Jul 22, 2009

The Absolute Sandman, Volume 1 Review

I just finished the six hundred page, epic collection of Vertigo Comics' The Sandman, collectively titled Absolute Sandman, Volume 1. In order to eradicate the preconceived notion of "comic book" and "hero", let me first state what this comic does not have.

image from Amazon

It does not have chiseled physiques packed into tight spandex. It does not have a strong, well-defined moral code to adhere to justice, and good deeds.

This is our "hero" if we were to call him that. He goes by many names - Dream, Morpheus, Oneiros, The Sandman, and many more. He's basically a God. God of Dreams to be exact. He's pale, tall, and G'd up from the feet up, only the G stands for goth instead of gangster. He's pretty much unstoppable and omnipotent, but he's also a mix between vengeful and understanding, depending on the day you catch him on.

Absolute Sandman, Volume 1 consists of twenty issues of the comic book, which contains three different story arcs. So things can kind of jump around a bit in terms of how people act, but it's nothing short of remarkable how disturbing, twisted, and drawing-in the writing is. I'm no art critic, but I know when there's shoddy art work, and you'll find none of it here.


I don't typically give away the "how's" the "why's" or anything like that in my spoilers, just things that you'd likely pick up if you were watching a movie trailer. The first story arc is known as "Preludes and Nocturnes" and starts with Dream being kidnapped by a cult from his dream world, who were actually trying to capture Death. Dream patiently waits years upon years before making his big prison break and exacting his revenge, but things aren't over just from taking his vengeance. He had artifacts that made him more powerful that he was stripped of when dragged to the mortal world. Dream travels from location to location to obtain these artifacts, and I must say, issue #6 is by far the sickest I've ever seen. Everyone should read #6 if nothing else.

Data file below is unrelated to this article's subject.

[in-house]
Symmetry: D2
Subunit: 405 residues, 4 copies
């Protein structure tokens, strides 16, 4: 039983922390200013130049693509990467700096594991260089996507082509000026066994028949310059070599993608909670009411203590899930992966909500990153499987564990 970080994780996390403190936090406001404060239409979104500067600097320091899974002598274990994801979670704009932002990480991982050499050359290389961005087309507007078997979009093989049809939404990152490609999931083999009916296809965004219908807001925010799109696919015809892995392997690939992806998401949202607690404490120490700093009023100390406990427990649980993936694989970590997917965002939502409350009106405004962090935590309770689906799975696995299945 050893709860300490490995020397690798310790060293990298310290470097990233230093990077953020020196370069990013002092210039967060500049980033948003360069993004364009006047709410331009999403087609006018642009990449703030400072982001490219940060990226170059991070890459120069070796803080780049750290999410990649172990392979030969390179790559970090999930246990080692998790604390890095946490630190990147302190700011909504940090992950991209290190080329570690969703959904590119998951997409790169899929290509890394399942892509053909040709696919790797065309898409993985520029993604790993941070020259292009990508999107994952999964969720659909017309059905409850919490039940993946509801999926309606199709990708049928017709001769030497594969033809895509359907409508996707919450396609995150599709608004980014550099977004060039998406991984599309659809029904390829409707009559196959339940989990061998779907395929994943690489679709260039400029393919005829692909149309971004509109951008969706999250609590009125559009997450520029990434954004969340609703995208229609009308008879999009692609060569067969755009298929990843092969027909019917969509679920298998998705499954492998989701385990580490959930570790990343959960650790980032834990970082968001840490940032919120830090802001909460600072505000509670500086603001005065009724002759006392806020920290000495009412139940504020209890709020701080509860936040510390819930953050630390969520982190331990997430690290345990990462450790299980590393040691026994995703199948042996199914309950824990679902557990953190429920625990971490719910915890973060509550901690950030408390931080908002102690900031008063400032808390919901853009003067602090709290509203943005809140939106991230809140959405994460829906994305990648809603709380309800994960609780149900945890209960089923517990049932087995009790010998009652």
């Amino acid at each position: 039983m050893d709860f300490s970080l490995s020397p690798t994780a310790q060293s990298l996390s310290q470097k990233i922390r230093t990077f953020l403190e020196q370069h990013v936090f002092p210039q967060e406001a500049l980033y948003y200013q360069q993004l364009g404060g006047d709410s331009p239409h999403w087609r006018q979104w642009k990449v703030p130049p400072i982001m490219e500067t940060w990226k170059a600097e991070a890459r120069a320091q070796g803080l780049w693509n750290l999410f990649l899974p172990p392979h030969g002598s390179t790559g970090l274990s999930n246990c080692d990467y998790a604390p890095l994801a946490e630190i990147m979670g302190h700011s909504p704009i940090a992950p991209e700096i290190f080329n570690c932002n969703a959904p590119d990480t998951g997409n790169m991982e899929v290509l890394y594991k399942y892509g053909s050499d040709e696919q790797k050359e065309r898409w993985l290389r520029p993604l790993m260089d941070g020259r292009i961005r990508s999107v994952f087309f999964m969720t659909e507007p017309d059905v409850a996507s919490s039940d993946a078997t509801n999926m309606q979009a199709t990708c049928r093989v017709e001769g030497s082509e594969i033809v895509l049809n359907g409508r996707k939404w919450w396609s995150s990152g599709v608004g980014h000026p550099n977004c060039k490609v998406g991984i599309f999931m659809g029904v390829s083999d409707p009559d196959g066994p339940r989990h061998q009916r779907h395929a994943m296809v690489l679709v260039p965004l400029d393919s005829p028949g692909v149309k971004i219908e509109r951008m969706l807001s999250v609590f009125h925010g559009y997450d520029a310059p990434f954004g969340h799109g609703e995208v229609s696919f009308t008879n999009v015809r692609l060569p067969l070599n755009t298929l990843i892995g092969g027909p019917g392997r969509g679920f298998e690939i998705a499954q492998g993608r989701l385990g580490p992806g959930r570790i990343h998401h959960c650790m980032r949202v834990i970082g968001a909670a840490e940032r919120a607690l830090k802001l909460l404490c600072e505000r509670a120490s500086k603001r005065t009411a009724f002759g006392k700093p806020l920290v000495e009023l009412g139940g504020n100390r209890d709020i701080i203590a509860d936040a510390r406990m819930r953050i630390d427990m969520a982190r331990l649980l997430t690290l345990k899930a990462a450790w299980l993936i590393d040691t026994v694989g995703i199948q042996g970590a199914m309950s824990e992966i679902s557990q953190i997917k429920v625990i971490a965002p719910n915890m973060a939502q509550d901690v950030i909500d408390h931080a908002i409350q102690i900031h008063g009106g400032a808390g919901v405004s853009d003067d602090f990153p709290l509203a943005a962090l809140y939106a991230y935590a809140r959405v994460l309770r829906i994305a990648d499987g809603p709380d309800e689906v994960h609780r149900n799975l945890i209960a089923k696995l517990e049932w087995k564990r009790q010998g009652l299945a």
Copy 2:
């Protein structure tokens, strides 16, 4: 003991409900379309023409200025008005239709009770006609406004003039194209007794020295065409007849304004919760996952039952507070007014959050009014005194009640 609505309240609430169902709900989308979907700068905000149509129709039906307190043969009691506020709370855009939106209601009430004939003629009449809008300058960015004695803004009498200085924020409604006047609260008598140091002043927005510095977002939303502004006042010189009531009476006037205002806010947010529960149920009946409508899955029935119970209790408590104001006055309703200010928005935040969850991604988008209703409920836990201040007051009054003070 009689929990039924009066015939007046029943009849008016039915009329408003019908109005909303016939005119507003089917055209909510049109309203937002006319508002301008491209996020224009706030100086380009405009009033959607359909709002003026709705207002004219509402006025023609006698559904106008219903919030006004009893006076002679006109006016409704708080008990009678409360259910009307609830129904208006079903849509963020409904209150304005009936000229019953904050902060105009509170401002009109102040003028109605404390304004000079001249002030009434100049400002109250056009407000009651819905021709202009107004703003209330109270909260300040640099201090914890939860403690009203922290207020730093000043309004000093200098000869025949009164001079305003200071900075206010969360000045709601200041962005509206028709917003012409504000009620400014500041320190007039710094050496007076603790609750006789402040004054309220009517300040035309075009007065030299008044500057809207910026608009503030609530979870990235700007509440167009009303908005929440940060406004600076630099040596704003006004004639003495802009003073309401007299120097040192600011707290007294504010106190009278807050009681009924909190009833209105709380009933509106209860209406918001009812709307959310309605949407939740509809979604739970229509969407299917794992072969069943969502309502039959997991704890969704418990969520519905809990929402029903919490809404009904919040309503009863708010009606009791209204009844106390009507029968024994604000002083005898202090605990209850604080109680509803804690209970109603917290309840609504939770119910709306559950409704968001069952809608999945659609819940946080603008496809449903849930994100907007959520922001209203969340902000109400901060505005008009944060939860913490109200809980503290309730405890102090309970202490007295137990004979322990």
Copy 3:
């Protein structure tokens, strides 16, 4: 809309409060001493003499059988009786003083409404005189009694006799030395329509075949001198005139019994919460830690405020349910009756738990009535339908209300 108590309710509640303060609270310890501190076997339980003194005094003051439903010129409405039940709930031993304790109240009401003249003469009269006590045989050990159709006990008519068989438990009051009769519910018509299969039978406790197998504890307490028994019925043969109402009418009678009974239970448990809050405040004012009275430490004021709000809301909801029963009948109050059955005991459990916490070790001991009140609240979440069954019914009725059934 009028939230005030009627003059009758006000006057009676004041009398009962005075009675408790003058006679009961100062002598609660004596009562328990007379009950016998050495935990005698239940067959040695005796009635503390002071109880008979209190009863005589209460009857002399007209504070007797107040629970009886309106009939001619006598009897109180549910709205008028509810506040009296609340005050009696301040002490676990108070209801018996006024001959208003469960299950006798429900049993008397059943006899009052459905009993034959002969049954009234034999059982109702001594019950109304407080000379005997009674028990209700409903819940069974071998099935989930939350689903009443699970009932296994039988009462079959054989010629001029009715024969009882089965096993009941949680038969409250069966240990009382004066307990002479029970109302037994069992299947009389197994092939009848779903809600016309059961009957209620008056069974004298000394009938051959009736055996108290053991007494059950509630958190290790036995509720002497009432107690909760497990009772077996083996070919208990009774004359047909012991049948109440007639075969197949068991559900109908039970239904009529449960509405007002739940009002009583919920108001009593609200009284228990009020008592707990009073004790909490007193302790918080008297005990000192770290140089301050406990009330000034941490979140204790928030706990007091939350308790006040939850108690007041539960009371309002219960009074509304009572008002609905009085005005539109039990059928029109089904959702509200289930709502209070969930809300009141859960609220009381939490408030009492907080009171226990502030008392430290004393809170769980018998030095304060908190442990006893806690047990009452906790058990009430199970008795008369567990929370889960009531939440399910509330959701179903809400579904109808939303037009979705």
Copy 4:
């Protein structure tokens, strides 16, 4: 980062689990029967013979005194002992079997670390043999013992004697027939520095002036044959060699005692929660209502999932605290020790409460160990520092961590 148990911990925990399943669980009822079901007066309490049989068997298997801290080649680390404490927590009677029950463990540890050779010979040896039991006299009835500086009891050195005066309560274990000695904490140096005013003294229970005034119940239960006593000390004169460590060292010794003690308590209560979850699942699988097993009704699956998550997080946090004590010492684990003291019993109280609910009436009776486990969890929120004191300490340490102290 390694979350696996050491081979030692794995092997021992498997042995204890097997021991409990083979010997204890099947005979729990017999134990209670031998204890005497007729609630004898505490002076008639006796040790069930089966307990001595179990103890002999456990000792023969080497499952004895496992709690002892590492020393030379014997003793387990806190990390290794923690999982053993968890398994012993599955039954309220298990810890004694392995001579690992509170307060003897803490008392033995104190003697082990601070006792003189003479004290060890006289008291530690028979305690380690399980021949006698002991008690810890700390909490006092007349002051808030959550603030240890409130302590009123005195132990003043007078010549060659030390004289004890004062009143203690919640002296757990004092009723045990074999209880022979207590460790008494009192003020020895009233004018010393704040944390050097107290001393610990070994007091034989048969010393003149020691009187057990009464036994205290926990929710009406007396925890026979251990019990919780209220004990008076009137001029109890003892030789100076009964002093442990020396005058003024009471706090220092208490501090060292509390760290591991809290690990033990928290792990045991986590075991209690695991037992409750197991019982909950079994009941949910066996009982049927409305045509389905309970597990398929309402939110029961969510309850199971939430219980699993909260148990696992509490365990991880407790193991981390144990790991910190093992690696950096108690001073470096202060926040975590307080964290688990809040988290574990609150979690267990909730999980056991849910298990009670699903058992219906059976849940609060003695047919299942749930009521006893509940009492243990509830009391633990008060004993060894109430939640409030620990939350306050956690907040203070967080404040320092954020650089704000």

The second story arc is titled The Doll's House, which is basically one big acid trip. A young teenage girl named Rose Walker is the bridge between the fragile dream world and the mortal world of the living, known as a "vortex". Tracking down Rose Walker becomes Dream's primary mission.

The third story arc is a collection of one-off side-stories that have no real continuity to them. This arc is titled "Dream Country" and consist of the kidnapping of a Muse (like mythological nymph), dreaming cats who want to rule the world, William Shakespeare's A Midsummer Night's Dream, and the final issue of the book not featuring Dream at all, but his sister Death, who's an equally amazing character to read.

Overall: I'm not going to pretend that this book isn't expensive. Even the used copies on Amazon are pretty pricey as far as comic books go, but if you're really looking for your muse, something to inspire you when reading, check this out. Go out and buy a few single issues first if you want to test the waters, but you won't be disappointed. This is nothing short of an epic series.

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